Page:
IDG logo

Advertise with InfoWorld

SiteMap News Test Center Opinions Forums Careers Stock Quote Subject Indexes About Us Search Subscribe Home [Window Manager]

April 21, 1997

RegClean 4.1 could solve problems with conflicting apps

The Windows 95 registry has always been something of a mystery. Most Win95 settings are stored in the Registry files, which are called User.dat (for user-specific settings) and System.dat (for hardware settings).

When you install applications on your system, they often add whole new sections to your Registry. Unfortunately, uninstalling applications from your PC doesn't necessarily remove these sections. And if some of them contain references to executable files that are now deleted -- such as .exe files and .dll files -- you may have trouble should Windows ever try to run or read the commands in your Registry. Some of the headaches I've experienced on my personal workstation, which I wrote about last week, may have been caused by this kind of conflict.

Microsoft has a free utility called RegClean that may be the solution to the problem of accumulating junk in your Registry. Microsoft released the newest edition, RegClean 4.1, just a few weeks ago. To get RegClean 4.1, go to The document at this address contains a description of RegClean 4.1 and a link that downloads a self-extracting file called RegCln41.exe. Create a temporary download folder on your hard drive and then click the link to download the 403KB file. (Alternatively, you can download the file to a floppy disk if you wish; the file need not be saved after installation.)

If you have a modem but not an Internet browser, you can get the file by dialing the Microsoft Download Service at (206) 936-6735 using any terminal program. The service operates 23 hours per day from 1 a.m. to midnight Pacific time. Set your modem software for 14.4Kbps operation and use the 8N1 setting. Once you've logged on, download RegCln41.exe and save it as described above.

To install RegClean 4.1, double-click the RegCln41.exe file. Microsoft always recommends clicking Start, then Run, then typing the name of the self-extracting file with a -d switch to preserve its directory structure. The -d switch isn't necessary for RegCln41.exe, however, because it contains only two files -- the program itself and a Readme.txt file -- both of which go in the same directory. Microsoft should simply expand all of its self-extracting files into one directory rather than confusing people with the little-known -d option.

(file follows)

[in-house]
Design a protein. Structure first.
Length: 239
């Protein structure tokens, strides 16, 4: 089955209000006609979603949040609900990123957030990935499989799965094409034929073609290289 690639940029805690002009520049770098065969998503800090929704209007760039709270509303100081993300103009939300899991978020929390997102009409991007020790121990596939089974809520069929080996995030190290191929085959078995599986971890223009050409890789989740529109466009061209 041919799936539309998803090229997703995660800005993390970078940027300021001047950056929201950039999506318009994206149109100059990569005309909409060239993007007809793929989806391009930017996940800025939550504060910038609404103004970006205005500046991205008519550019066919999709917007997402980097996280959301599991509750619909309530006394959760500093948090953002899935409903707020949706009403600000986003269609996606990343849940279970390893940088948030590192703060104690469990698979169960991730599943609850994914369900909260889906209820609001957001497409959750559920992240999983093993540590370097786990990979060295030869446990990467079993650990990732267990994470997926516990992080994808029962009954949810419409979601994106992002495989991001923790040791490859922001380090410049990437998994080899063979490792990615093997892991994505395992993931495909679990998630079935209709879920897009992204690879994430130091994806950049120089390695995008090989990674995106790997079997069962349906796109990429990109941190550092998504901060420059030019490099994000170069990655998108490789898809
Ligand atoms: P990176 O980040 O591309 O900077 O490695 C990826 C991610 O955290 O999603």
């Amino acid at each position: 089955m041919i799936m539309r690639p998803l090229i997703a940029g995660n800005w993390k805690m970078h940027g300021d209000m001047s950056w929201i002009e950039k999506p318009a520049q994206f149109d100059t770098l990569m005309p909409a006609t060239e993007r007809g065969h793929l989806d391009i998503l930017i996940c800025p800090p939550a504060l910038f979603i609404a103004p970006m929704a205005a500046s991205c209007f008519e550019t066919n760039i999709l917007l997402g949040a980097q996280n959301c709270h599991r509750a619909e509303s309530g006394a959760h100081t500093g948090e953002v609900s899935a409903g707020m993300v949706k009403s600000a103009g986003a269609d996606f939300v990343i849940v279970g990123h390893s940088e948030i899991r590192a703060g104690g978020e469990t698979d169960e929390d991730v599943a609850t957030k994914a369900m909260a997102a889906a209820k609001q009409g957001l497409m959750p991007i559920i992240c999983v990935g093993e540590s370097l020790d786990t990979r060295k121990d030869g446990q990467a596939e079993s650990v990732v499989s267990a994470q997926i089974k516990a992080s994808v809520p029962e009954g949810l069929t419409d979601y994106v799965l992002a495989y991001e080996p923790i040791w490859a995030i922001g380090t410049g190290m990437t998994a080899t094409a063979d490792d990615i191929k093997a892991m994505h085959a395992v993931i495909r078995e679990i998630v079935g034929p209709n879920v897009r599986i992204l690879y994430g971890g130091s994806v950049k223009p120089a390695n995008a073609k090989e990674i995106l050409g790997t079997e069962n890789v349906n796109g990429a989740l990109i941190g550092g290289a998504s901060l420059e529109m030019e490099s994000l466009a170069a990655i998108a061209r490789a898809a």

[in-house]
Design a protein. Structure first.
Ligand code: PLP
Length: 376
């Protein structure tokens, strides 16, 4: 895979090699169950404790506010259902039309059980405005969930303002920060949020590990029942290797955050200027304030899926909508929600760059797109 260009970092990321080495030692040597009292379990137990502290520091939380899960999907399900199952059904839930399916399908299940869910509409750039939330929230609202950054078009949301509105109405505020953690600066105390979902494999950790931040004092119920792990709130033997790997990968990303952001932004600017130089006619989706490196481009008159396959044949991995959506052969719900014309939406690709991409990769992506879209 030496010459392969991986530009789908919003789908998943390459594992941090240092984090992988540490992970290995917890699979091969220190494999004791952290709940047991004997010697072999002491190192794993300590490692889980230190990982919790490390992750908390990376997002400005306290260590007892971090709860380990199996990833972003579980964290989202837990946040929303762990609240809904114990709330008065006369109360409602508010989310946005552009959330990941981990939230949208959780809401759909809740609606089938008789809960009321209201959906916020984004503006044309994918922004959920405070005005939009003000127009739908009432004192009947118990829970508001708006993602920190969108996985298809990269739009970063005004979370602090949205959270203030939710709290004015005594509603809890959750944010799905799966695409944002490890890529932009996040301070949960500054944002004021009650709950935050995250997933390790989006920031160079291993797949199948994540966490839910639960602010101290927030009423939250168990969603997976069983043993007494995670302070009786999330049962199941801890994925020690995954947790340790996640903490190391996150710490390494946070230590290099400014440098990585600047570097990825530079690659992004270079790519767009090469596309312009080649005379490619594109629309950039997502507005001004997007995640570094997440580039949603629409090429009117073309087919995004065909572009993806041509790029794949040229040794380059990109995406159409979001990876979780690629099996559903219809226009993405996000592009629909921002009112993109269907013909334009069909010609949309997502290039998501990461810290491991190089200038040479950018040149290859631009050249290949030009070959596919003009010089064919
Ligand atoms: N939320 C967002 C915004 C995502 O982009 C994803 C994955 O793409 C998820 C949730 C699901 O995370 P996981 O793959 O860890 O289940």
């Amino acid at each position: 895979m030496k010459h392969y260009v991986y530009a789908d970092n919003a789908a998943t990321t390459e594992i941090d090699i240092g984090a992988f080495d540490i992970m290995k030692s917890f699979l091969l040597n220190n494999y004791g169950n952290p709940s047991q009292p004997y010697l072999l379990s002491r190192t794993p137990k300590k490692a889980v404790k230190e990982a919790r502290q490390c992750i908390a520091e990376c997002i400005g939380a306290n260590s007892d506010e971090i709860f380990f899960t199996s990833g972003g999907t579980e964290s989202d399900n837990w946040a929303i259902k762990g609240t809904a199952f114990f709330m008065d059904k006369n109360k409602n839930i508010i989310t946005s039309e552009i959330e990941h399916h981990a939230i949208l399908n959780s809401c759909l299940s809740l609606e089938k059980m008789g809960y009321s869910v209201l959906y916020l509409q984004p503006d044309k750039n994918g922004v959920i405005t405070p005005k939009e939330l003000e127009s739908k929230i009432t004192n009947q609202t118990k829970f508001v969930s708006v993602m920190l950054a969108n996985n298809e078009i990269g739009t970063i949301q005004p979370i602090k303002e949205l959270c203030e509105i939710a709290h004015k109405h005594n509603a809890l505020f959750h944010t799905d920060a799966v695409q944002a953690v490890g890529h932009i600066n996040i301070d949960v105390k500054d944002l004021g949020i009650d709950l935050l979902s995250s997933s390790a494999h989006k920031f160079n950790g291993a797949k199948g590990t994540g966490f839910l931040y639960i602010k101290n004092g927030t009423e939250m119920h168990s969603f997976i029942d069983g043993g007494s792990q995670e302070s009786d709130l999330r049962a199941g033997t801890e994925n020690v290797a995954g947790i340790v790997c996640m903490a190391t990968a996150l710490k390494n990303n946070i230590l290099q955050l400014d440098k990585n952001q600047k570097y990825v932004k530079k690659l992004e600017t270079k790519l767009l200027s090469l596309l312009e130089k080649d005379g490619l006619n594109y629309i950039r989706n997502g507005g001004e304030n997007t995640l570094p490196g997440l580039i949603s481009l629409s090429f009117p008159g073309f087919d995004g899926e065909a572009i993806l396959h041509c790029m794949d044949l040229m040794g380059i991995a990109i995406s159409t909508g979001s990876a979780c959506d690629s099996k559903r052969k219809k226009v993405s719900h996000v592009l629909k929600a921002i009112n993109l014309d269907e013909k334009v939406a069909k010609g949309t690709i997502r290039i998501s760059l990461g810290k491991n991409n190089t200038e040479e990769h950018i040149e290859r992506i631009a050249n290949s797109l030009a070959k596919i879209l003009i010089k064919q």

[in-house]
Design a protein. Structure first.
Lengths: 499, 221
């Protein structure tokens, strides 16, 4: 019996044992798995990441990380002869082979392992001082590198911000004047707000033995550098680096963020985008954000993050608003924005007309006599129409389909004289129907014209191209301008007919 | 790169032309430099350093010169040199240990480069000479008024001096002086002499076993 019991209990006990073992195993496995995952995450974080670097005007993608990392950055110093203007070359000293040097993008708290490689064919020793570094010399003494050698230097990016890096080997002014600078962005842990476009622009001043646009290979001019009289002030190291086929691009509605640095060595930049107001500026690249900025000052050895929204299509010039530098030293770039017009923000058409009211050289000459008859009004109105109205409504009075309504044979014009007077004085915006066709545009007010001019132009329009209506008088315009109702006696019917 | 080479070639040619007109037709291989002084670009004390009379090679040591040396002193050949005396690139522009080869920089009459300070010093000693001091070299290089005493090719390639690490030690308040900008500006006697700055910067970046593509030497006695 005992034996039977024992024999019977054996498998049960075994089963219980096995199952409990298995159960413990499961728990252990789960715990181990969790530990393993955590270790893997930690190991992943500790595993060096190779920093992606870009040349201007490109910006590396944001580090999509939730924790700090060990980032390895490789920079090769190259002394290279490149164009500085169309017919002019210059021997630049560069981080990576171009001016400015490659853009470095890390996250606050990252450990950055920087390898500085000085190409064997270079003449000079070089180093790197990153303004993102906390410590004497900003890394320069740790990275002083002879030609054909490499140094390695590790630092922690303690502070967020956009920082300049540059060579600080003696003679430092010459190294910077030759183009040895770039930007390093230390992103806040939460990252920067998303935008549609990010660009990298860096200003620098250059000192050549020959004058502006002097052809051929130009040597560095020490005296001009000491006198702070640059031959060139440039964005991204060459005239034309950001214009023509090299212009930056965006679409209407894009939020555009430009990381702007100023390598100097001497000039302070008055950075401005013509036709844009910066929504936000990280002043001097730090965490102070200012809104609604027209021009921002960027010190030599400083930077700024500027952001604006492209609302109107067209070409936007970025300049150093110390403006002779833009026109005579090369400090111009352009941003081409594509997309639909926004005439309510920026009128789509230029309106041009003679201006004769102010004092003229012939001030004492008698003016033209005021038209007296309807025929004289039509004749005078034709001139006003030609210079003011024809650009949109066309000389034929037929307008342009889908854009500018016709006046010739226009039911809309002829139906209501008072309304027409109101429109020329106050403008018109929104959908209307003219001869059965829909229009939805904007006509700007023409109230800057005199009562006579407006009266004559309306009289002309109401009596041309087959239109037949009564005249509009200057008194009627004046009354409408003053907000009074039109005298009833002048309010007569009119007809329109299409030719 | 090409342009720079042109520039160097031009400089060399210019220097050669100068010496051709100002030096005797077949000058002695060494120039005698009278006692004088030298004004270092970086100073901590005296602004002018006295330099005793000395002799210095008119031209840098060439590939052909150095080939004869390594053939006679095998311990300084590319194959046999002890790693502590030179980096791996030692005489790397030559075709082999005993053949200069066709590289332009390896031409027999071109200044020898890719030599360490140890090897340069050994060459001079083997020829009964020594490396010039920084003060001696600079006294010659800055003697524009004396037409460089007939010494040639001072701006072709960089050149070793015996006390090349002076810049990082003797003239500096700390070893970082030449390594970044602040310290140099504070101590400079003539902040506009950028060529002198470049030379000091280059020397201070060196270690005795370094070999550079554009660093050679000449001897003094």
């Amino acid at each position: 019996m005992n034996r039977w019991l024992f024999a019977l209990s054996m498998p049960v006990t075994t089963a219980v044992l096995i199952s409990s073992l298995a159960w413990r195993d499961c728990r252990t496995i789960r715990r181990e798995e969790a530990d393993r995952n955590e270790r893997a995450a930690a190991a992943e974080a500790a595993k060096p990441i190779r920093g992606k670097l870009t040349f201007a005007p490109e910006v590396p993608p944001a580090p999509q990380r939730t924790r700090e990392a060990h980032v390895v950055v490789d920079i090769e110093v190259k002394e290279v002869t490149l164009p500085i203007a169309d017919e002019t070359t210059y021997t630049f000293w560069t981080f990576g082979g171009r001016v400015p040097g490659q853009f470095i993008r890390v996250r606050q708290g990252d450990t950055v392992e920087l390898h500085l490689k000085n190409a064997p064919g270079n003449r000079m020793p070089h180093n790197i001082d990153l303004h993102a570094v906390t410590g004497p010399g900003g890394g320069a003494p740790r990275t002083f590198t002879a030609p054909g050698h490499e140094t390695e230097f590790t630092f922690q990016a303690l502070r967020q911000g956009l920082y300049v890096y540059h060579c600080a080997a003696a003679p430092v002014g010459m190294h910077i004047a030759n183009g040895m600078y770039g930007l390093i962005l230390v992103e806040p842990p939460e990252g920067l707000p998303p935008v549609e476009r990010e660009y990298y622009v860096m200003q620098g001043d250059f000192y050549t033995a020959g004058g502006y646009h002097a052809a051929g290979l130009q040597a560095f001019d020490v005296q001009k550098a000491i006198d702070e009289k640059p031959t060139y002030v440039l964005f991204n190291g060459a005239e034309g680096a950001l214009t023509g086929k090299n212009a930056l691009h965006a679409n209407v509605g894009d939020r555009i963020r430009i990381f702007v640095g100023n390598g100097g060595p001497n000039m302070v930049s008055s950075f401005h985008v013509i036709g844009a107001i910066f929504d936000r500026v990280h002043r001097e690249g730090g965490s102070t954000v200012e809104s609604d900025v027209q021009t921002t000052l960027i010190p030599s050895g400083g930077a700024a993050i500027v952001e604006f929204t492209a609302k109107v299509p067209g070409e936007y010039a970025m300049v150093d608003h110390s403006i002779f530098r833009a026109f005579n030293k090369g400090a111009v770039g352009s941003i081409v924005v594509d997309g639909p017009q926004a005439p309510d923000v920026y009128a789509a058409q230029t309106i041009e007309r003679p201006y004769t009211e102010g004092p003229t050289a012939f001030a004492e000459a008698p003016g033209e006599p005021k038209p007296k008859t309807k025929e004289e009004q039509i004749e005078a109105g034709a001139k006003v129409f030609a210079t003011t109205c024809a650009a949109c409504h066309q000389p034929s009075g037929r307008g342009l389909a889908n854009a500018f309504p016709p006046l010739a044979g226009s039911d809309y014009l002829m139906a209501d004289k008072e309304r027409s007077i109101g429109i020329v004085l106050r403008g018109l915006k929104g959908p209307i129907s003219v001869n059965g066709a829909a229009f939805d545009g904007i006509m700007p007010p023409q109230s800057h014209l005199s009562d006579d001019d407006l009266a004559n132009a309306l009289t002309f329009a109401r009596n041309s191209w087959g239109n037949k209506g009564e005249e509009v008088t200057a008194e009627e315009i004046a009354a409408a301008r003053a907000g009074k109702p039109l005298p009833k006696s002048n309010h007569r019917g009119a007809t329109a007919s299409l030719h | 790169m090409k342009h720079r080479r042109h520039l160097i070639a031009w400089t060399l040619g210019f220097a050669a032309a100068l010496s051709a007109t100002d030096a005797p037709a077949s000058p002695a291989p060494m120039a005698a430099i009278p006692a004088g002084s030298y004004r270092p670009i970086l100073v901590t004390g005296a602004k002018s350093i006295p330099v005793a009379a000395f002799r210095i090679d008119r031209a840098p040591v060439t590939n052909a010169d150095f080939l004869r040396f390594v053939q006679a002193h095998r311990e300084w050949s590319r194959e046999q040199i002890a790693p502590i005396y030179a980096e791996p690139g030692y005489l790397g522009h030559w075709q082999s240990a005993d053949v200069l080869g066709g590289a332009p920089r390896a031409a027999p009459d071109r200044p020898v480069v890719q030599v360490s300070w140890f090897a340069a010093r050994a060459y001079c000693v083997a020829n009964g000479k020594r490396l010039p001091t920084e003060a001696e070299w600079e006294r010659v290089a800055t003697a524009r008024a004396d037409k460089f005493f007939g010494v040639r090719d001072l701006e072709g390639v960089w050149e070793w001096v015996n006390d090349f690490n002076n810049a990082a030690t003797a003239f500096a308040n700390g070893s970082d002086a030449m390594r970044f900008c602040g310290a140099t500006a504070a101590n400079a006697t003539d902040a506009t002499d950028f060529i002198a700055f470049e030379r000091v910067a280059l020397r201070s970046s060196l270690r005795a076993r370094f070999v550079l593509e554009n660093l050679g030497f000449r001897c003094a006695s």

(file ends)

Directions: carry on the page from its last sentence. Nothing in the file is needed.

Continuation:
After you double-click RegCln41.exe, install the program into a folder of your choice. (The default folder is C:\Program Files\RegClean.) After installation, use the Explorer to open the RegClean folder. Read the Readme .txt file, then run RegClean.exe. The program will examine your Registry for a minute or more. Once it is finished, the program will wait for you to click its Fix Errors button. When you do so, it writes an Undo file, then cleans your Registry of dead code.

Run Notepad and examine the Undo file in the RegClean folder if you're interested. The file will be called Undo(stuff).reg, where (stuff) is your computer name plus a date and time. RegClean removed about 25KB of stuff from my Registry, most of which was related to applications that no longer existed on my hard drive. Good riddance. You can put the stuff back into your Registry if you have any problems by double-clicking your Undo (stuff).reg file.

It's too soon to determine whether this will make my system run better, but we'll see. Reader Robert Wade will receive a copy of Windows 95 Secrets Gold for suggesting this.

Brian Livingston is the co-author of Windows 95 Secrets Gold and four other Windows books (IDG Books). Send tips to or fax: (206) 282-1248.

Missed a column? Go back for more.

Copyright © 1997 by InfoWorld Publishing Company


Copyright © 2002. InfoWorld Media Group, Inc. is a member of complies with the ASME guidelines with IDG extensions For New media.